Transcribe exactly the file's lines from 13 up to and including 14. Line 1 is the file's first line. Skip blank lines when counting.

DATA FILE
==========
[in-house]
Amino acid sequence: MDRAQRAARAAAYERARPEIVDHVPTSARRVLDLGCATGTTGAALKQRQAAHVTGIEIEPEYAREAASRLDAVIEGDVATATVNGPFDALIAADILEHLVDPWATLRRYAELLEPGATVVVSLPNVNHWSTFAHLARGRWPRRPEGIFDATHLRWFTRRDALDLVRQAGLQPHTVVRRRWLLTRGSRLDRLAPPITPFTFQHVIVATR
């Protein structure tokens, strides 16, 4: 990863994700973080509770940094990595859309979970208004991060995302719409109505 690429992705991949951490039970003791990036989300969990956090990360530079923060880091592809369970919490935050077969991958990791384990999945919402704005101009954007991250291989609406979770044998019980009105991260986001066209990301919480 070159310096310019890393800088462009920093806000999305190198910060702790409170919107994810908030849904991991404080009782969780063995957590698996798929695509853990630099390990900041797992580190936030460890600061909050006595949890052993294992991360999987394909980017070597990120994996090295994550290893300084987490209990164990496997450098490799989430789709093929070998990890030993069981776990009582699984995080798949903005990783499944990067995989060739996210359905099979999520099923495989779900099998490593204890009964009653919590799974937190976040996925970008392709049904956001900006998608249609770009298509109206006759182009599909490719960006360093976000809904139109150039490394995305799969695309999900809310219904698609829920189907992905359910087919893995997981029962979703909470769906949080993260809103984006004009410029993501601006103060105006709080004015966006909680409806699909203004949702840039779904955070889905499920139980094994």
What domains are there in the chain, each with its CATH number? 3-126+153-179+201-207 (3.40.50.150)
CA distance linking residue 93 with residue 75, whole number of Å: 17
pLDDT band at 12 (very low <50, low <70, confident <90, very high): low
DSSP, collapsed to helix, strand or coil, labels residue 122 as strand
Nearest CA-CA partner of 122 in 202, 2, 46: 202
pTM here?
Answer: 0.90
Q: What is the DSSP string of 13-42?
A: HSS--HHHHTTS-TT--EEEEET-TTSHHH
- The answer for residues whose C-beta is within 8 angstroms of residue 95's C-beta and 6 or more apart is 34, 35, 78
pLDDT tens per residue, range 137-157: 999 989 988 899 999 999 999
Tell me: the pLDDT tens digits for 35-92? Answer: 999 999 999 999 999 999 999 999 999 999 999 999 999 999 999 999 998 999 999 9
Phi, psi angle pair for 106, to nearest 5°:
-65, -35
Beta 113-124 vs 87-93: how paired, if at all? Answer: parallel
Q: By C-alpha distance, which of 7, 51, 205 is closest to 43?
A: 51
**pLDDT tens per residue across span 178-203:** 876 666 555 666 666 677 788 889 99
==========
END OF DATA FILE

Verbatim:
- The answer for residues whose C-beta is within 8 angstroms of residue 95's C-beta and 6 or more apart is 34, 35, 78
pLDDT tens per residue, range 137-157: 999 989 988 899 999 999 999